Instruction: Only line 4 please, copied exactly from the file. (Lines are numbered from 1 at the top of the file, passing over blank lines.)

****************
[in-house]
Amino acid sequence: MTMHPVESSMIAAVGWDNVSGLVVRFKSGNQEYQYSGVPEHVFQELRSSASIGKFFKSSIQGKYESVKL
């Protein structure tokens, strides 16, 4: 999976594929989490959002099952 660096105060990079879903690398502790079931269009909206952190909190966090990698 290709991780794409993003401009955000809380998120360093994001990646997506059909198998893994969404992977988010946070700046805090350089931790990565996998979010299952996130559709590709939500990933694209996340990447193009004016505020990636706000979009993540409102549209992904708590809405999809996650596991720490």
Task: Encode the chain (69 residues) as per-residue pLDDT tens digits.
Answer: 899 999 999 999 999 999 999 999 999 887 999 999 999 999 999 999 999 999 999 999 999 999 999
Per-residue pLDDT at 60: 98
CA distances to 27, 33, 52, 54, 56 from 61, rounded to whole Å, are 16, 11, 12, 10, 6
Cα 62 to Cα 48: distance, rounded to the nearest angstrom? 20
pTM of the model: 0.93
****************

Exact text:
Task: Encode the chain (69 residues) as per-residue pLDDT tens digits.